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Those whose casino memories stretch back far enough may recall a time when the standard "Las Vegas Strip" blackjack game was dealt from a single deck of cards, with the dealer standing on all 17s.
That started to change in the 1960s as operators grew ever more fearful of card counters, and today most casino blackjack games use multiple decks.
That affects all players, not just card counters. That once-standard Strip game is just about a dead heat for basic strategy players, with a 0.001 percent edge to the player. But going from one deck to two gives the house a 0.34 percent edge, and the house edge increases with every deck added, to 0.55 percent with six decks and 0.57 percent with eight decks.
The house can give back a little of the edge with positive rules, or take even more with negative ones, but given otherwise equal rules, the house edge is lower with fewer decks.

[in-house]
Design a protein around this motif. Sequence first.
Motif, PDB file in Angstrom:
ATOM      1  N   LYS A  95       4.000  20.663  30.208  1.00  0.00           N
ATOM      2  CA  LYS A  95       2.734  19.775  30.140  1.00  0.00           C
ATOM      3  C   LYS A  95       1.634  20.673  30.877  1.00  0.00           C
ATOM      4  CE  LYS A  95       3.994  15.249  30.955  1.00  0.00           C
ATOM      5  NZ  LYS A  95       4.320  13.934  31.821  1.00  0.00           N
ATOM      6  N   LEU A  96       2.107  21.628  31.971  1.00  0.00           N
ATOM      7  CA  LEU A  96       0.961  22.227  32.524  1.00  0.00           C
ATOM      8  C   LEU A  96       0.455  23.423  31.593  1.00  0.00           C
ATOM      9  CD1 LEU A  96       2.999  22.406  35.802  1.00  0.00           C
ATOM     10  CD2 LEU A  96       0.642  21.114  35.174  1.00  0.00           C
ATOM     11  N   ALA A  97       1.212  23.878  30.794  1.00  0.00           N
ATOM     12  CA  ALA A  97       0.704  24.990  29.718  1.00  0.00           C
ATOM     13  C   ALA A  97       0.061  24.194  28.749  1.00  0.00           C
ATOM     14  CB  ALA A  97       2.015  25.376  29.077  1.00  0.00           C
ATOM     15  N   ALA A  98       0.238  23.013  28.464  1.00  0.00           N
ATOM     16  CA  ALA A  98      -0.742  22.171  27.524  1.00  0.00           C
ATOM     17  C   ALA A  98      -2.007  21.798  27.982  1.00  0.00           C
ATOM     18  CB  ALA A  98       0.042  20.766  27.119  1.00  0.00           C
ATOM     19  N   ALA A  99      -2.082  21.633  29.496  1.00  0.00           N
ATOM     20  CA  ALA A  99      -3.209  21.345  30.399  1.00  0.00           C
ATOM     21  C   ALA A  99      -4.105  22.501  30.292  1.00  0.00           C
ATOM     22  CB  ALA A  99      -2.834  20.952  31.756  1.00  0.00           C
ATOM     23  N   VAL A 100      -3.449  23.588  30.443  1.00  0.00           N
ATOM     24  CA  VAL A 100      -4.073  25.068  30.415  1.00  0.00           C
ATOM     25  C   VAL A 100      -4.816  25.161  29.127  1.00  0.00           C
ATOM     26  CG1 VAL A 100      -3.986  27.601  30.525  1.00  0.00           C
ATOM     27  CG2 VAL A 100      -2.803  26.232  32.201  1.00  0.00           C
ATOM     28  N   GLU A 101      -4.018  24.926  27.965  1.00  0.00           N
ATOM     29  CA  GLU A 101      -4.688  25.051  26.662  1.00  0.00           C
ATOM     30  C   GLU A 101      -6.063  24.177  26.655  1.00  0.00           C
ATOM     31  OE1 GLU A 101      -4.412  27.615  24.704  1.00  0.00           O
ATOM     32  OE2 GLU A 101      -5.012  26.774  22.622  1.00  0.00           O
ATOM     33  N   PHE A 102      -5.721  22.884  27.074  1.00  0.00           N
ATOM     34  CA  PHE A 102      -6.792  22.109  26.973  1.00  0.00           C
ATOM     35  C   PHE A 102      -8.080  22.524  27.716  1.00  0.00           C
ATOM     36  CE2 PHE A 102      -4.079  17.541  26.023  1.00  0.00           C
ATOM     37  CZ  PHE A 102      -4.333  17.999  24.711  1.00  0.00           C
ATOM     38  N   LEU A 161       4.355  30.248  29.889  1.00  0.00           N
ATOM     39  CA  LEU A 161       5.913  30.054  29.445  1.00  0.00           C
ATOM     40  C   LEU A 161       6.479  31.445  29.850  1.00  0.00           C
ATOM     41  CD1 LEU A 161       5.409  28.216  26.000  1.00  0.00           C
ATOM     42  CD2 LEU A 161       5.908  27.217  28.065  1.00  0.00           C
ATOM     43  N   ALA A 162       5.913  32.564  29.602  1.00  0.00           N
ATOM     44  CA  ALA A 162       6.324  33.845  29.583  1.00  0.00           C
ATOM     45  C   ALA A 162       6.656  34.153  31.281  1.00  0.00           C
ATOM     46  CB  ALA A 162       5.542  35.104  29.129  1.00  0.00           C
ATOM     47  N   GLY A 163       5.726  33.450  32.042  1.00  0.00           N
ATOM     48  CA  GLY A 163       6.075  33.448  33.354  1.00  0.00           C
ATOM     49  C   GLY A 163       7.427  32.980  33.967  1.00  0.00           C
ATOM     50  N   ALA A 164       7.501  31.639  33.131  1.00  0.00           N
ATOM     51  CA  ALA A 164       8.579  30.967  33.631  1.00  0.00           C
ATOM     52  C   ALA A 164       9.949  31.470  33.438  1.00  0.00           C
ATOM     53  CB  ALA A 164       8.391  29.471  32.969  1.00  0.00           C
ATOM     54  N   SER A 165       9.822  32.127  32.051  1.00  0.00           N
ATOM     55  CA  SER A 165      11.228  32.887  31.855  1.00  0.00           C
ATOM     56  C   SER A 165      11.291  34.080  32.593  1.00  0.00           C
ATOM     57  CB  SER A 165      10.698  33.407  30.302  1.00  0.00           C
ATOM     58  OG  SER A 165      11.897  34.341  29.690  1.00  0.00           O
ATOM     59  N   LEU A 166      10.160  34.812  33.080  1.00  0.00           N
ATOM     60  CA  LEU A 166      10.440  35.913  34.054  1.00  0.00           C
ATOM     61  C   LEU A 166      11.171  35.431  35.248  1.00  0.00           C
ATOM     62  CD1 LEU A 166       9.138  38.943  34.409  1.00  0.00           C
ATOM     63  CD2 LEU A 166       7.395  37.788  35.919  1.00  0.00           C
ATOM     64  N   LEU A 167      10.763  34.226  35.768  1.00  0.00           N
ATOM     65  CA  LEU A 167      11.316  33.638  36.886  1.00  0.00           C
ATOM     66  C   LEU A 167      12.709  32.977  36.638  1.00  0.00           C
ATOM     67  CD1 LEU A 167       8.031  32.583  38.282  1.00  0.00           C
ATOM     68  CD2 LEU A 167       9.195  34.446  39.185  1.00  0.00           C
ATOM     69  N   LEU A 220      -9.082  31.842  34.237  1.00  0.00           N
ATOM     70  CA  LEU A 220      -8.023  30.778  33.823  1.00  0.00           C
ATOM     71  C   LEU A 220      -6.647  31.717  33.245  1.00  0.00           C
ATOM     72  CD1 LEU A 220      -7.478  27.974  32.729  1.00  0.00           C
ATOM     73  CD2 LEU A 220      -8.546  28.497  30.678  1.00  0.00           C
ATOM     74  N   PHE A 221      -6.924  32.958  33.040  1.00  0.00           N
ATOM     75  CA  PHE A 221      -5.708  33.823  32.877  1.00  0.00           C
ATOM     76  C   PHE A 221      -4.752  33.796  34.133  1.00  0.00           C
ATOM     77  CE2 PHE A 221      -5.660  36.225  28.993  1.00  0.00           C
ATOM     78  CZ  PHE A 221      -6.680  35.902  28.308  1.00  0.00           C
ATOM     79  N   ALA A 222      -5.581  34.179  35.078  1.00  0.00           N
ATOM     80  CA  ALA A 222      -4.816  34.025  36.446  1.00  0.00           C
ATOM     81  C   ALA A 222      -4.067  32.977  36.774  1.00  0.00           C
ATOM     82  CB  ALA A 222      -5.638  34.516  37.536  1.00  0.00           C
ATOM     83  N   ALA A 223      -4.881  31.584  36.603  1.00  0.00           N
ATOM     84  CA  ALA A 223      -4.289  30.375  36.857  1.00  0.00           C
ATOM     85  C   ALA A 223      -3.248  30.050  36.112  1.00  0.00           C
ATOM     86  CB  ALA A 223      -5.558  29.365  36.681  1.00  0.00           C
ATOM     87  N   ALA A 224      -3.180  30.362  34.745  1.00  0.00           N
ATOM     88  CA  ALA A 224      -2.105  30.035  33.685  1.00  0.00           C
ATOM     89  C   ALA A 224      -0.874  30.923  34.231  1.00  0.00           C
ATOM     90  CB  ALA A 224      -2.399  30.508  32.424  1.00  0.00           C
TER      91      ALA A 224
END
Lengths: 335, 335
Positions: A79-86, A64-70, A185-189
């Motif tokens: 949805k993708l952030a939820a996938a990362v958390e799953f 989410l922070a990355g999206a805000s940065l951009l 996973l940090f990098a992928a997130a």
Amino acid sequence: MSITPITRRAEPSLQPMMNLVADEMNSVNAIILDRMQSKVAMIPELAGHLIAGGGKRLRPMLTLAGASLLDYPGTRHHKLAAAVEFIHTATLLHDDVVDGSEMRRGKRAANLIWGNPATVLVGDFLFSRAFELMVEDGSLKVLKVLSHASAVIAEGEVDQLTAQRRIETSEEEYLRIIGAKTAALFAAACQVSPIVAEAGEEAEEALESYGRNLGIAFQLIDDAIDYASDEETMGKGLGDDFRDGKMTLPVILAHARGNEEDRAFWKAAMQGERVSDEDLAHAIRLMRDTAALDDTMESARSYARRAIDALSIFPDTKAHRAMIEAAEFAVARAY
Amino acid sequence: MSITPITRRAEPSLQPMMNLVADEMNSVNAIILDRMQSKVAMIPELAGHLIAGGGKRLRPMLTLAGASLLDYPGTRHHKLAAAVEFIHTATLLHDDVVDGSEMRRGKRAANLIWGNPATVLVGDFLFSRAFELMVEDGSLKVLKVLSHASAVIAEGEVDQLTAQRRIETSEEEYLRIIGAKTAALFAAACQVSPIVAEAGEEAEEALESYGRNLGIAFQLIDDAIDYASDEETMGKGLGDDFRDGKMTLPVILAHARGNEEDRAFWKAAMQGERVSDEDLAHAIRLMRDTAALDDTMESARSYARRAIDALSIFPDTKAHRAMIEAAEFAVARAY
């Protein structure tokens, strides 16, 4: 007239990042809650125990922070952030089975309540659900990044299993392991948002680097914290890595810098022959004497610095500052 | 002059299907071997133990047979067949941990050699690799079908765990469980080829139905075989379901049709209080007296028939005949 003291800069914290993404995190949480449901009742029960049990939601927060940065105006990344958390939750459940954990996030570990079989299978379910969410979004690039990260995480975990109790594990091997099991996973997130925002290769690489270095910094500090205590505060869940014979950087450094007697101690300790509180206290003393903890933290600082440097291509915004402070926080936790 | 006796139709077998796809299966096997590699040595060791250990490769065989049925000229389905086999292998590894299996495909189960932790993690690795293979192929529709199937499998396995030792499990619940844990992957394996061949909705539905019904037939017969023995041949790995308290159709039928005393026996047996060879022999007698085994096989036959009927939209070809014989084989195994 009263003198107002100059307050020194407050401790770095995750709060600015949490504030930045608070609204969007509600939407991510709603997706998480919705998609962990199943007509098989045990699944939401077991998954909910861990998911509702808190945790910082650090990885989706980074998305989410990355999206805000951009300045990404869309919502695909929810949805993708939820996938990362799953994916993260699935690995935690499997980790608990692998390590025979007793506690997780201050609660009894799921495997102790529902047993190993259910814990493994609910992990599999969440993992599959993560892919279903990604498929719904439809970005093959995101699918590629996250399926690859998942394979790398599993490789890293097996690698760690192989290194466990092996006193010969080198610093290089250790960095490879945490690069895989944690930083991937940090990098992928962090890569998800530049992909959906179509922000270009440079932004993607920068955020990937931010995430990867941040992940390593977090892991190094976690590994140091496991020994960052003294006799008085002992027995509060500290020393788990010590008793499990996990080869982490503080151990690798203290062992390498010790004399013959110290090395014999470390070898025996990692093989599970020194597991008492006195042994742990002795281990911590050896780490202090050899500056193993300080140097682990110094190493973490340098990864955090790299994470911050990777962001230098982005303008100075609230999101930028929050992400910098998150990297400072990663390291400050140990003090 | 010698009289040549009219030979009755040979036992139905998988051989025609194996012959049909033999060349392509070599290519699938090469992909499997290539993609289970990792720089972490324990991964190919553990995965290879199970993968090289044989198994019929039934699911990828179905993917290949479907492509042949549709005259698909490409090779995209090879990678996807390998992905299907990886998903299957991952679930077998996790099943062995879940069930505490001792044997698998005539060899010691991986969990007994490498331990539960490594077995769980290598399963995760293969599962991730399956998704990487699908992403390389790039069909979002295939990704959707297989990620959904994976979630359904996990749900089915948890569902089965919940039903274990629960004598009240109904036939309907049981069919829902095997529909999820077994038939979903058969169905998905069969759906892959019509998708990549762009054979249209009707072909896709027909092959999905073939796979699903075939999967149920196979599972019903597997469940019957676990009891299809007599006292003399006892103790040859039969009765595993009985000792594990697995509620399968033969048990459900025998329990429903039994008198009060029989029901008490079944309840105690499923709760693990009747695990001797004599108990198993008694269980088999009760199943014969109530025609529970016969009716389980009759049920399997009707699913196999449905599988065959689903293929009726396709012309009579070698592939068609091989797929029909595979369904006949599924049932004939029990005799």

Why? Because the effect on the composition of the remaining deck of removing cards through play is greatest when a single deck is used.
Let's say we're dealt a 5 and a 6, and the dealer's up card is an Ace. In a single-deck game, 16 of the other 49 cards in the deck are 10-value cards, giving us a 32.7 percent chance of drawing a 10 value on our next card for a 21. But in a six-deck game, where 96 of the remaining 309 cards are 10 values, our chances of drawing a 10 value are only 31.1 percent.
That makes it a more favorable play to double down on 11 vs. a dealer's Ace in a single-deck game than when multiple decks are used. And that forces a change in basic strategy: In multiple-deck games, we double down on 11 when the dealer shows anything but an Ace. In single-deck games, we double against the Ace, too.
To get the most out of the single-deck game, we make a number of little strategy changes from basic strategy for multiple-deck games:
Single-deck variations for hard totals
Single-deck variations for soft totals
Single-deck variations for splitting pairs
This article is provided by the Frank Scoblete Network. Melissa A. Kaplan is the network's managing editor. If you would like to use this article on your website, please contact Casino City Press, the exclusive web syndication outlet for the Frank Scoblete Network. To contact Frank, please e-mail him at firstname.lastname@example.org.